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Light Grenade

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  1. This has been implemented in the latest early access update. Happy days!
  2. Tab to transient is much more accurate now. It's no longer chopping the start off the majority of drum hits. This will speed up drum editing tenfold. It's still a bit out on some of the quieter transient but it's much, much better in general.
  3. Amazing update, especially re exporting. I have been waiting for this for awhile, it was genuinely the only feature that nearly made me switch fully to Reaper, happy days! Probably the best update yet.
  4. Thanks Glenn. I'm definitely going to use this in the mean time. The wildcard naming/export system in Reaper is one of the best things about it, would love to see something similar implemented in Cakewalk, massive timesaver.
  5. Another longstanding bug with this, busses or aux tracks cannot be solo'd when using the external insert plugin anywhere in a project. To hear a specfific bus/aux in solo, you have to mute every other bus/aux. Tracks can be solo'd successfully, just not busses/auxs. It can be frustrating
  6. Hey folks, Thought I'd share this live jam. Roland Juno DS88, Novation Bass Station MKII and an Alesis Sample Pad Pro triggering NI battery. A really enjoyable way to write music, it was nice getting a break from a snare drum destroying my right ear. Of course, all recorded and mixed within Cakewalk. Cheers.
  7. Agreed, transient detection definitely needs improving. Tab to transient is guilty for chopping off the beginning of hits all over the place, so you normally need to zoom in and check which can be pretty time consuming. Quantizing drums is a necessity in some cases.
  8. Yeah, I get this. I nearly defected to Reaper / Studio One, and I totally get why people did. I wasn't aware how buggy Sonar X1/X2/X3/ were at the time, X2 particularly was a nightmare, I corrupted more projects than I finished with X2. However, I didn't actually realise how bad it was until I used Reaper for awhile in the Gibson/Bandlab crossover period. Reaper is solid as a rock. Thankfully, Cakewalk in it's current form is very, very good and stable, the best it's ever been by far. I just don't think people are aware, or believe it. I get that though, as I had people telling me X2 was stable when it absolutely wasn't. Bugs are being taken way more seriously now, and are being fixed quickly which is great and a testament to the team.
  9. Over the last few years, I've noticed some dry hire studios offering Reaper as an option on their systems. One studio owner specifically told me 'A lot of the youngsters have been asking if we have Reaper'. Reaper is arguably uglier, and more confusing than Cakewalk, so I don't think the Cakewalk GUI puts youngsters off. It is however, available on both Windows and Mac OS which makes collaboration easier, amongst other things. The reason I use Reaper as a comparison is because it's very sensibly priced, or 'free' if you never come out of evaluation mode. Until studios start using Windows en masse, or Cakewalk is properly developed for Apple, I can't see Cakewalk becoming a recording studio staple. However, people starting out could do a lot worse than learn Cakewalk inside out. It's always been my #1, but I have also learned Reaper and Pro Tools (yuck) for the basis of recording in other places. I then mix in Cake, and this setup is fine.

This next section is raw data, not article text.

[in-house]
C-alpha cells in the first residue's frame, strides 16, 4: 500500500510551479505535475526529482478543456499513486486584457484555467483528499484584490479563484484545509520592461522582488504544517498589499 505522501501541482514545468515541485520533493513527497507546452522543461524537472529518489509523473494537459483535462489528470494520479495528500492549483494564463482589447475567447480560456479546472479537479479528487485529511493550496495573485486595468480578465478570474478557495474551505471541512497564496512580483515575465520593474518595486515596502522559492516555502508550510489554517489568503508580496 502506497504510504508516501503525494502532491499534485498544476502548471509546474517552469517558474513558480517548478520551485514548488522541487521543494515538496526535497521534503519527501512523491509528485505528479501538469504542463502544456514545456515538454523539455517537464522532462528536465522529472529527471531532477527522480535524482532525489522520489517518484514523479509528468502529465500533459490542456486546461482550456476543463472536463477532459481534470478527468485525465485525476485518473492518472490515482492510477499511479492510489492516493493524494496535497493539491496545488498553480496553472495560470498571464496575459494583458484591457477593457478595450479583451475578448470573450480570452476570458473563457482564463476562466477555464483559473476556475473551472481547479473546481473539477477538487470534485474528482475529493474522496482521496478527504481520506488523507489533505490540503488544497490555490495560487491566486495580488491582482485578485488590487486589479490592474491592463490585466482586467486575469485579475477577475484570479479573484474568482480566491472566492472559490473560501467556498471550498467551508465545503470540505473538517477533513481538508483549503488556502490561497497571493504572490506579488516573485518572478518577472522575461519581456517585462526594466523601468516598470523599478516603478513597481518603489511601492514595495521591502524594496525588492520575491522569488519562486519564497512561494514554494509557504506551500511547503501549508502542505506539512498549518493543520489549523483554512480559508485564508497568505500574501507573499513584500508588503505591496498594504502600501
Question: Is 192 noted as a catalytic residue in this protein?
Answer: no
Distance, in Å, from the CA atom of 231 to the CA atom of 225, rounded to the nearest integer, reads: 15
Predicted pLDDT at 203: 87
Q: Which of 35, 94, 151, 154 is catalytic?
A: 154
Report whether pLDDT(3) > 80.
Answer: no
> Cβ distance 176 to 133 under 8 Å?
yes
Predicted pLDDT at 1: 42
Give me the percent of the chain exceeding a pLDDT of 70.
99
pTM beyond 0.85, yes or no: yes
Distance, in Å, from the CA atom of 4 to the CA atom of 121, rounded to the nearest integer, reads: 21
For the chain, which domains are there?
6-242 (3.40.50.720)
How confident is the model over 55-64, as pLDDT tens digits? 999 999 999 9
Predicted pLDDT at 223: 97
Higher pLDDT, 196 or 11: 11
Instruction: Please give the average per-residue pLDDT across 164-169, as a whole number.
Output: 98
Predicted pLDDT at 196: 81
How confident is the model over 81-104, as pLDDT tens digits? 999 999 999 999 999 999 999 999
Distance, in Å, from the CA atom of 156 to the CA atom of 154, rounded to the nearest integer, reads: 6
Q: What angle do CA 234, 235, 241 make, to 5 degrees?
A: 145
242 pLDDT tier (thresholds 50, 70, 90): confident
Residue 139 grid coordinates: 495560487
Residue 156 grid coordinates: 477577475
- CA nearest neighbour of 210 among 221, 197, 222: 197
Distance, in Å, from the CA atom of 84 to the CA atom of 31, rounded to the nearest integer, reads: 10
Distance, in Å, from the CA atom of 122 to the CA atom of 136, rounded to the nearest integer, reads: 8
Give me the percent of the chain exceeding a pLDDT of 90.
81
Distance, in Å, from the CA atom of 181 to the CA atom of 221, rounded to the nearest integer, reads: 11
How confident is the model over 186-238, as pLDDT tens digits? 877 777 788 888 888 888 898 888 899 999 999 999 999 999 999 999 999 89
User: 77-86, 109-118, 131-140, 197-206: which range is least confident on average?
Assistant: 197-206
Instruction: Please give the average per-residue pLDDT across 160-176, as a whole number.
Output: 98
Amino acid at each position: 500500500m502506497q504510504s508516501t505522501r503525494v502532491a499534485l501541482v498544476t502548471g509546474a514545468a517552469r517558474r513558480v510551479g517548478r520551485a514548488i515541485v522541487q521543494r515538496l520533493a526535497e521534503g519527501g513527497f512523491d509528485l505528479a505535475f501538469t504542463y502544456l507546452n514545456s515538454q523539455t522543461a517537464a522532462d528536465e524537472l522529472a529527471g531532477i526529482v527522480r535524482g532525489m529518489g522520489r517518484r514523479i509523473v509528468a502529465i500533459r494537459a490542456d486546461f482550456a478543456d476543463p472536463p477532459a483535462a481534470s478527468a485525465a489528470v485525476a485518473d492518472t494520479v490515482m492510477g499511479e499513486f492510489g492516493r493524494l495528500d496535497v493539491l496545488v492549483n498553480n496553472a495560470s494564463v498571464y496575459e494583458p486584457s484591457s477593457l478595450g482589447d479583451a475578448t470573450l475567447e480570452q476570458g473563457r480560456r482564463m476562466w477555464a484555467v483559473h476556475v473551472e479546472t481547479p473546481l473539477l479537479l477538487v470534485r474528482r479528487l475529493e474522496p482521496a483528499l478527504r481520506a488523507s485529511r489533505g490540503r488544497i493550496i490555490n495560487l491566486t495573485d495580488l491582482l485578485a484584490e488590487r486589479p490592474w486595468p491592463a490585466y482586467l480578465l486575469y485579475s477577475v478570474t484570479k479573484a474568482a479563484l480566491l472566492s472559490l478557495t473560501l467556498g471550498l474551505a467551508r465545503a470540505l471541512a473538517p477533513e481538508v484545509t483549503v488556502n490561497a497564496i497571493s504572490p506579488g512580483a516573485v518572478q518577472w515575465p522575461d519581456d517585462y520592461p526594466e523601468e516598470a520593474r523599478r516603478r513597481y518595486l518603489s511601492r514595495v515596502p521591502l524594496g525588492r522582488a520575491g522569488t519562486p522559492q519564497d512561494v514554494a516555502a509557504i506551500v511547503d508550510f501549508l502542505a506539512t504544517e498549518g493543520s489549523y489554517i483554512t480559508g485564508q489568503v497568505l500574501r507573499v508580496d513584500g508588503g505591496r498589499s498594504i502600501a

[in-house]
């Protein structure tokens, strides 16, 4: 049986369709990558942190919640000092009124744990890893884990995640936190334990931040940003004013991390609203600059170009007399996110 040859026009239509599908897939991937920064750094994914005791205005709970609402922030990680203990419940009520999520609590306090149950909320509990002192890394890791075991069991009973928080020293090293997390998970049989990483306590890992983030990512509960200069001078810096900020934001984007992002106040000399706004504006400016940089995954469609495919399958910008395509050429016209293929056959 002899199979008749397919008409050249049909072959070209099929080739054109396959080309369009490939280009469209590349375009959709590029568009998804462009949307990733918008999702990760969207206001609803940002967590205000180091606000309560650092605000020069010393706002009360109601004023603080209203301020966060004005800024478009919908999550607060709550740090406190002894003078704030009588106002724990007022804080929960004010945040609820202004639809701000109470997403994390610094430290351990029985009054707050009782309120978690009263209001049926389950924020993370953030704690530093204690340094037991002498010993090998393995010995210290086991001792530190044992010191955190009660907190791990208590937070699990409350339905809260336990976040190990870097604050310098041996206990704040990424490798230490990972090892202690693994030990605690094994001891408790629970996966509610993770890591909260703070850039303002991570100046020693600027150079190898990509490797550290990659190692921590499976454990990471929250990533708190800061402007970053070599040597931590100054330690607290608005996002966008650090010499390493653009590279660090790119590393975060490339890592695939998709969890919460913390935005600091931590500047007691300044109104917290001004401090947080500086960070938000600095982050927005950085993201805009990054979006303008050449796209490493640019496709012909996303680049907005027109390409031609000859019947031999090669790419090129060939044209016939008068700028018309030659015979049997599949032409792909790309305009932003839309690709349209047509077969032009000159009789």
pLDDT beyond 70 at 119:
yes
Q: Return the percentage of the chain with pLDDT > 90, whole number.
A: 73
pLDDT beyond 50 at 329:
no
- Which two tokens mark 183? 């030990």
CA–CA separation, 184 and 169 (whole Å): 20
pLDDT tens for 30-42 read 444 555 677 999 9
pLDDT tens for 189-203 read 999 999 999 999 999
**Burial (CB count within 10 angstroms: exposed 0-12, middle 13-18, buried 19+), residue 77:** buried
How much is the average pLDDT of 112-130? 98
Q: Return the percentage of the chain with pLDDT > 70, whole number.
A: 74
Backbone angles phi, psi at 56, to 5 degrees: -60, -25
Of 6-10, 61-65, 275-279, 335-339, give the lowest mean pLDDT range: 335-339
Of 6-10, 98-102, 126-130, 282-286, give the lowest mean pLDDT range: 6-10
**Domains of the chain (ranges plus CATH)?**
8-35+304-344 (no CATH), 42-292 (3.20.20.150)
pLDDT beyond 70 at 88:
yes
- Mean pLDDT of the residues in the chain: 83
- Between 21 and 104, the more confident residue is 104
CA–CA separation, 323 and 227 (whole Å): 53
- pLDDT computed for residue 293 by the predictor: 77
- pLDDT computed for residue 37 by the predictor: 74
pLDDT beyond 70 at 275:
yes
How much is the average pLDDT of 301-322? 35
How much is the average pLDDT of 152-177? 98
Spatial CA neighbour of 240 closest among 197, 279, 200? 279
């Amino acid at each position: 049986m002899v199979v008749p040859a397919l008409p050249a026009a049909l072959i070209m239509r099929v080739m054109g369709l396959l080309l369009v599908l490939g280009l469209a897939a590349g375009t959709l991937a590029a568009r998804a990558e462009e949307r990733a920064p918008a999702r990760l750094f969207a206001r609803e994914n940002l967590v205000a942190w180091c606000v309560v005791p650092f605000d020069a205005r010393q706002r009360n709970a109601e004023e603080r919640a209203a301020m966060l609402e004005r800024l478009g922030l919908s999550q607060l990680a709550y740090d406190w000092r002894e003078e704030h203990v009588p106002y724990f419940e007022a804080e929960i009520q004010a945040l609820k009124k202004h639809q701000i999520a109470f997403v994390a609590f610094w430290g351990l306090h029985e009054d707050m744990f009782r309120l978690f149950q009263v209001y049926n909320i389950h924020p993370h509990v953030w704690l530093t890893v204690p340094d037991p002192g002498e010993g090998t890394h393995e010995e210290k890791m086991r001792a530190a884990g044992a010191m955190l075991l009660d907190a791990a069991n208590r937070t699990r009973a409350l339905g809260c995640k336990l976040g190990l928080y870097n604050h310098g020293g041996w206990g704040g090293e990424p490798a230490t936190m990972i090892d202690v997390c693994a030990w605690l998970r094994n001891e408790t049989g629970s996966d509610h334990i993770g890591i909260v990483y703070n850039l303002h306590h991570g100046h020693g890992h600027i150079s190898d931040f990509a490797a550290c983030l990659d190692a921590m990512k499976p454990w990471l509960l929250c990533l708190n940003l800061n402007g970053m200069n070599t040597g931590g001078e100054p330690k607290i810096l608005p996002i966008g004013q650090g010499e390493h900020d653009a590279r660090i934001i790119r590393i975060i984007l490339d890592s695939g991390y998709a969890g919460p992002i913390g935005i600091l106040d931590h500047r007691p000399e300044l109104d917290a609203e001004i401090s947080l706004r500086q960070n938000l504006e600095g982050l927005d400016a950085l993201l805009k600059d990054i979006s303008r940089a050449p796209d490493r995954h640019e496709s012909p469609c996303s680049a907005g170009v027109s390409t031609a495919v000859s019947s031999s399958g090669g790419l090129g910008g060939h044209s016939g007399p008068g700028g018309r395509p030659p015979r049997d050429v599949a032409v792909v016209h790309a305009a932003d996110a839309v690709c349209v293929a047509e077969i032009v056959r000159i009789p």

10. Apple's marketing department have been successful in their quest to solidify MacBooks as the ultimate portable computer, even though they are gravely overpriced and underpowered. This is why you have students using MacBooks for nothing more than word processing. You go into a coffee shop, how many folks are using Dell, Lenovo or HP laptops? Not many. Apple have created an environment where anything android or windows is seen as being cheap, not as good or not as cool, and sadly this matters to a lot people. Cakewalk's biggest hurdle is trying to compete in an industry, and wider creative landscape which is so apple focused. In my experience of recording studios and general music production, 95% of people are using Apple products, sometimes to their own detriment. For example, students shelling out 1.5k on a MacBook, only to find out it's has a Quad i5 CPU with 4gb of RAM which doesn't actually get them very far. Thankfully, there seems to have been a bit of a realisation recently due to even more obscene Apple prices. This has resulted in a lot of people I know going hackintosh, so hopefully this combined with stability of W10 will see a slow transition away from Apple over time, which will no doubt benefit programs like Cakewalk. This is only my opinion of course!
  11. That is an option for sure, but I like to send my channels and FX returns to different places, so putting them in the same place doesn't work for me unfortunately. Grouping the write buttons works for now, but hopefully having the groups follow automation can be added in the future.
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